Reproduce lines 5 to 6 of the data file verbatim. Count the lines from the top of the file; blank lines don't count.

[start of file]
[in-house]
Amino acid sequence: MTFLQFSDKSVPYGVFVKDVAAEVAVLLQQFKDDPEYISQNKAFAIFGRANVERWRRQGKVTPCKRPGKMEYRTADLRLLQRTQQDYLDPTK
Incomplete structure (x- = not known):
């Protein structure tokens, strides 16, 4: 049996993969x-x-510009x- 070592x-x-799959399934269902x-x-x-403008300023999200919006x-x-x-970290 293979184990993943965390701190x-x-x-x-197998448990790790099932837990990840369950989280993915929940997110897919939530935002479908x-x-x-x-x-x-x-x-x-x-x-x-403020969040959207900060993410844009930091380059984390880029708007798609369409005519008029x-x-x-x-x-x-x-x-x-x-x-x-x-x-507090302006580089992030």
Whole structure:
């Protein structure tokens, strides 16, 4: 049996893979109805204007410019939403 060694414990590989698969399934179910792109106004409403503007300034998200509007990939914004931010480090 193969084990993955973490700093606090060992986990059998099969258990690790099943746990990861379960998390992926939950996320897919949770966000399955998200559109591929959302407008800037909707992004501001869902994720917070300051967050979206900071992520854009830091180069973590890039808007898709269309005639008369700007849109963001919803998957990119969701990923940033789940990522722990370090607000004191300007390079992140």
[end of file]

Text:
Whole structure:
């Protein structure tokens, strides 16, 4: 049996893979109805204007410019939403 060694414990590989698969399934179910792109106004409403503007300034998200509007990939914004931010480090 193969084990993955973490700093606090060992986990059998099969258990690790099943746990990861379960998390992926939950996320897919949770966000399955998200559109591929959302407008800037909707992004501001869902994720917070300051967050979206900071992520854009830091180069973590890039808007898709269309005639008369700007849109963001919803998957990119969701990923940033789940990522722990370090607000004191300007390079992140």